08 January 2012

Fading Beauties

Camellia, Moncks Corner, S.C.
Camellias are a winter gift to the south. We are so used to living in a colorful garden that they keep us from suffering too much in the winter. These are white camellias that took a chill with the cold last week. Now it's warm again and the puddle of petals on the ground is as beautiful as the blossom. 

Here is a fun essay on Camellia names.

If the Bloom Is Off the Rose for You
Camellias, native to Asia, have become fixtures in the West ever since their introduction in the 1700s. Their leaves are dried to make traditional green or black tea, and many gardeners plant them for their showy winter blooms, which have a wide range of colors. Camellias thrive in temperate regions, but there are now also cold-hardy varieties that have expanded the growing range as far north as Canada.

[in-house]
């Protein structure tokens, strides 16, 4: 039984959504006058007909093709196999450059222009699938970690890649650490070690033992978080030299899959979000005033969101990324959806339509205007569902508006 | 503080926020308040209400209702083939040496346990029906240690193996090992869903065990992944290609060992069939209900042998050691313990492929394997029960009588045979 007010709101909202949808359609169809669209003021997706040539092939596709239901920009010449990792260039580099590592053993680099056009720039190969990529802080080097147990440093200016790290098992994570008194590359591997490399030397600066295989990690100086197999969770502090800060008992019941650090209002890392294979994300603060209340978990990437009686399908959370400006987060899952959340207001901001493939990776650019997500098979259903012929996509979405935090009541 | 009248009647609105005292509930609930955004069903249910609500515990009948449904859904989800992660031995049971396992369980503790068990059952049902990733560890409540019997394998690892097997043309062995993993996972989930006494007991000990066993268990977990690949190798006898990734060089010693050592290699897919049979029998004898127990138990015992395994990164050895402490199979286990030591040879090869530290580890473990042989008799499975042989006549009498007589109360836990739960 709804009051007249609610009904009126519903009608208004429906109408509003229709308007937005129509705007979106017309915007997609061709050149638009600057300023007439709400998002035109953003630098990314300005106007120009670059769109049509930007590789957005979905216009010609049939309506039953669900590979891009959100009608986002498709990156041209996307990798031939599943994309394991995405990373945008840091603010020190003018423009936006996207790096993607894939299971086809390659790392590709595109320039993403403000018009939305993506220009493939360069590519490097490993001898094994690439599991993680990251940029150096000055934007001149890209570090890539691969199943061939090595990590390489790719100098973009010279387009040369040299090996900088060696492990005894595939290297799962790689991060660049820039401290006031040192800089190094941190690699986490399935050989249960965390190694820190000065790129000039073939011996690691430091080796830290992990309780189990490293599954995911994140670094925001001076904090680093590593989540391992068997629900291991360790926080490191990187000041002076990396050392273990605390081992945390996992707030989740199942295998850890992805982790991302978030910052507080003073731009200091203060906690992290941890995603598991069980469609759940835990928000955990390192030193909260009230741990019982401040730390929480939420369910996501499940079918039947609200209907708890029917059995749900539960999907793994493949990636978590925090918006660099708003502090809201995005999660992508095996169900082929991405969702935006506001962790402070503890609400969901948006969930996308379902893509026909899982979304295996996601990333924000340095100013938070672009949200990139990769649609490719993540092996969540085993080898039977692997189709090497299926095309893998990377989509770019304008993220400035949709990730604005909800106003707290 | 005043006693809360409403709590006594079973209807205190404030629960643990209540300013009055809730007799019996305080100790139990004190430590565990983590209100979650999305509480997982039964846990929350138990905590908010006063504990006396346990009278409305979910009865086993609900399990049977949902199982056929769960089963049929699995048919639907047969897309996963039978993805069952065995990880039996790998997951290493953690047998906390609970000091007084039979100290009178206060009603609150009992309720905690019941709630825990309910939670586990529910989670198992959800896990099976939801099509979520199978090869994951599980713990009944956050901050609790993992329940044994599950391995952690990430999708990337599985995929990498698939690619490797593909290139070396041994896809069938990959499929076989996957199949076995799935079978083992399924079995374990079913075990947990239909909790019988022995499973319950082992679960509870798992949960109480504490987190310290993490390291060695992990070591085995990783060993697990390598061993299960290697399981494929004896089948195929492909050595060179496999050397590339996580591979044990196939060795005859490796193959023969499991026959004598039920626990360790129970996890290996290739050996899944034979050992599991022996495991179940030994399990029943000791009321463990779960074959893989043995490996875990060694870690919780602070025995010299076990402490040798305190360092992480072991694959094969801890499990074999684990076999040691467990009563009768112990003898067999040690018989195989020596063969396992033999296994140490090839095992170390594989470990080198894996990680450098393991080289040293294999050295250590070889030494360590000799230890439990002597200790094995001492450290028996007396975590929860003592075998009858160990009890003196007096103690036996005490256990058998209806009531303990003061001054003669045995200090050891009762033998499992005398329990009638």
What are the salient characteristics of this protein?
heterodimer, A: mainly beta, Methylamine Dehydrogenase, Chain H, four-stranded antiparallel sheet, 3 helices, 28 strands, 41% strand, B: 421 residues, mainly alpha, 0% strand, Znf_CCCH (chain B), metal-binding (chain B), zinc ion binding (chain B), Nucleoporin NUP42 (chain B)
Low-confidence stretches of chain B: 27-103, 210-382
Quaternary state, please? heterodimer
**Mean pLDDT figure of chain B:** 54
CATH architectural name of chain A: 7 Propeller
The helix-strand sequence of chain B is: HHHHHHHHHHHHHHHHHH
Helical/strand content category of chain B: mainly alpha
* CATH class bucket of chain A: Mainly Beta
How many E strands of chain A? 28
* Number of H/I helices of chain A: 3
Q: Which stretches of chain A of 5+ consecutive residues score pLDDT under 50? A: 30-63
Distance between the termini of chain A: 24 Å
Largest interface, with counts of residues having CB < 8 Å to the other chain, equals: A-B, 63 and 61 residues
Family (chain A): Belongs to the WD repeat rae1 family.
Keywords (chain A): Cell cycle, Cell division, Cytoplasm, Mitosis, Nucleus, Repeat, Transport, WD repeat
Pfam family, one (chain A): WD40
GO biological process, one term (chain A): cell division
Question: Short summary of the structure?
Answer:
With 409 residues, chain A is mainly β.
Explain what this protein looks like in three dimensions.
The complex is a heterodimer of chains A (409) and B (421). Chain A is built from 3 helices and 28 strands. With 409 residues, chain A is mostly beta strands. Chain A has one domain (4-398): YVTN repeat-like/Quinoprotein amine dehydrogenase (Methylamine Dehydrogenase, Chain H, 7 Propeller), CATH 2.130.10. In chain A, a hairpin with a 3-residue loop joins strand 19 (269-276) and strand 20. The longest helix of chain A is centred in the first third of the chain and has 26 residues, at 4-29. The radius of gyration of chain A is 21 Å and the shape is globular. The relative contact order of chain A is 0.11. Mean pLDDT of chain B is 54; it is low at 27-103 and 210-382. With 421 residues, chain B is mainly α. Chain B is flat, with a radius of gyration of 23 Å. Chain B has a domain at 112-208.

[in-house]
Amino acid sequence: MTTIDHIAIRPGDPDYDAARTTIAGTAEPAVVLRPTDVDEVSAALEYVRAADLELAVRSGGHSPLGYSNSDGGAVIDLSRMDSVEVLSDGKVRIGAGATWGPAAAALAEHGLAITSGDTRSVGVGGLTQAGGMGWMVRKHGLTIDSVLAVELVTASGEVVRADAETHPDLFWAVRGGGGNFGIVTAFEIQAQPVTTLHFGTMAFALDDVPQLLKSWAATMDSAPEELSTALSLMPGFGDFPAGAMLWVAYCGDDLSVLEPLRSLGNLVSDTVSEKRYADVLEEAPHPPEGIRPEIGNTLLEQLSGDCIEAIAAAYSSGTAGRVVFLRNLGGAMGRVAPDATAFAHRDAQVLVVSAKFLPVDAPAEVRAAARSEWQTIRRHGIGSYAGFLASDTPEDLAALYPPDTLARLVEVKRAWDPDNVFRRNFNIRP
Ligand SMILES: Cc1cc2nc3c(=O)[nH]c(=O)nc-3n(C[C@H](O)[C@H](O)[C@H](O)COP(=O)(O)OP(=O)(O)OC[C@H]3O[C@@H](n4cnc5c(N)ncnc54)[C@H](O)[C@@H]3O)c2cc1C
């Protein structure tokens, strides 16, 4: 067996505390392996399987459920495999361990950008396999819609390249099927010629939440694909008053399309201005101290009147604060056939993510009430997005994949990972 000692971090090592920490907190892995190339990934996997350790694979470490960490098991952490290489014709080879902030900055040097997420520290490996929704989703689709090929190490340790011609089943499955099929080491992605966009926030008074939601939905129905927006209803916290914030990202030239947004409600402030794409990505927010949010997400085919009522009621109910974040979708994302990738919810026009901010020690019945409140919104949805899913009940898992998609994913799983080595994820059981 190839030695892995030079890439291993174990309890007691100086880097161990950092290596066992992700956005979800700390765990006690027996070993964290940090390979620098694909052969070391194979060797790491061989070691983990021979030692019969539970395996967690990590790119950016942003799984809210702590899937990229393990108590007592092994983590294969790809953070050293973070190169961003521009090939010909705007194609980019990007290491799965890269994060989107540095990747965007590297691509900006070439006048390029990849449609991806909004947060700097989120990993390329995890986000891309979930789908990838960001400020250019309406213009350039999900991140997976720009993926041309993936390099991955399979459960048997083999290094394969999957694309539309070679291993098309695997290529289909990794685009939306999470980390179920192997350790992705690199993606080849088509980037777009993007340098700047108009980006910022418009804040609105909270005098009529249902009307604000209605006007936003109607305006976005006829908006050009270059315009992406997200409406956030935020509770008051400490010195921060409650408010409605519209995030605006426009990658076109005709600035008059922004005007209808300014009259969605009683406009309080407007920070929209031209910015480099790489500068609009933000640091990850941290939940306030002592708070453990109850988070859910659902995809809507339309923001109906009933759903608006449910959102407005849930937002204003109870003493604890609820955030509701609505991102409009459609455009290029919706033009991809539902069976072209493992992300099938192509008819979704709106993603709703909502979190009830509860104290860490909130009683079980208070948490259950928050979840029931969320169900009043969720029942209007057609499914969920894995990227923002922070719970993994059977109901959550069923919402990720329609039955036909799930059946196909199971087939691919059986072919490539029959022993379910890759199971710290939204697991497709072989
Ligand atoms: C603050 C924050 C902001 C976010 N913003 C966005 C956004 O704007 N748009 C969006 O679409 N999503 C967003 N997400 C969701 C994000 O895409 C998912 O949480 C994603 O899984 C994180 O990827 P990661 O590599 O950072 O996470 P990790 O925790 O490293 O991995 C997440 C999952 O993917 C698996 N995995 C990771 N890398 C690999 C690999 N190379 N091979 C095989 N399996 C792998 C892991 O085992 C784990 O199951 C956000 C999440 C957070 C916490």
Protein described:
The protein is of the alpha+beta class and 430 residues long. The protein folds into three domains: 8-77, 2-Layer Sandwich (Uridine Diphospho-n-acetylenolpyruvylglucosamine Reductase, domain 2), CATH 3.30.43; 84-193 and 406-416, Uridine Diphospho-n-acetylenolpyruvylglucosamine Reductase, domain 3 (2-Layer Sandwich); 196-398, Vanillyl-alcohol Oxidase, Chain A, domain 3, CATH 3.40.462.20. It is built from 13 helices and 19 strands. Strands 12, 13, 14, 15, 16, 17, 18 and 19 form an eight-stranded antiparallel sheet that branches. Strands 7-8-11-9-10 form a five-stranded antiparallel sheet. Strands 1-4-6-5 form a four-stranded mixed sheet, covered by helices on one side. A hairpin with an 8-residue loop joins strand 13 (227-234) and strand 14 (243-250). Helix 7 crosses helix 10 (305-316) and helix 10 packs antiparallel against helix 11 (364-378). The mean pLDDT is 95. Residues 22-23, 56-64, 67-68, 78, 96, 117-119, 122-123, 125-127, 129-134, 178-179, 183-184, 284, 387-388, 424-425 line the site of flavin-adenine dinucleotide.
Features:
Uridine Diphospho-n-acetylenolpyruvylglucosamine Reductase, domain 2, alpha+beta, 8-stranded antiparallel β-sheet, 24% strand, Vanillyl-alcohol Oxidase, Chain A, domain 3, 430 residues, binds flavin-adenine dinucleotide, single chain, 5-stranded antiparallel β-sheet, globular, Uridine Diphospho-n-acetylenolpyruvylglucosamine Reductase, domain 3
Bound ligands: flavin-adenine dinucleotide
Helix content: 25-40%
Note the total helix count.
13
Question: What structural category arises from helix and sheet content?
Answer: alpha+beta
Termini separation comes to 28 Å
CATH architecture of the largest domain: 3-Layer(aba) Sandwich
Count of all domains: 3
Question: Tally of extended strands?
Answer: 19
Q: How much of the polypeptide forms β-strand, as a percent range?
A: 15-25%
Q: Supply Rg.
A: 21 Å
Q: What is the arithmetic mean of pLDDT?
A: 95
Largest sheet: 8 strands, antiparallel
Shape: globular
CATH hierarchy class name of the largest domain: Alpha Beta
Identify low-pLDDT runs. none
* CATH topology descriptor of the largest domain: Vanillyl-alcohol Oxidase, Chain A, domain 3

There are countless species in the genus camellia, but these three species (or hybrids of them) are the most common:
JAPONICA The most common ornamental species, it has large showy blooms, like a cabbage rose or a peony. The flowers fall off like a wilted pompon when spent, rather than shedding their petals one at a time.
SASANQUA Another ornamental, but its blooms look more like an antique rose with fewer petals than C. japonica and a prominent yellow stamen. The petals fall to the ground singly.   SINENSIS Also known as the tea plant, this species is the source of traditional black, green, oolong and white teas. It is squat and has small, fragrant white flowers.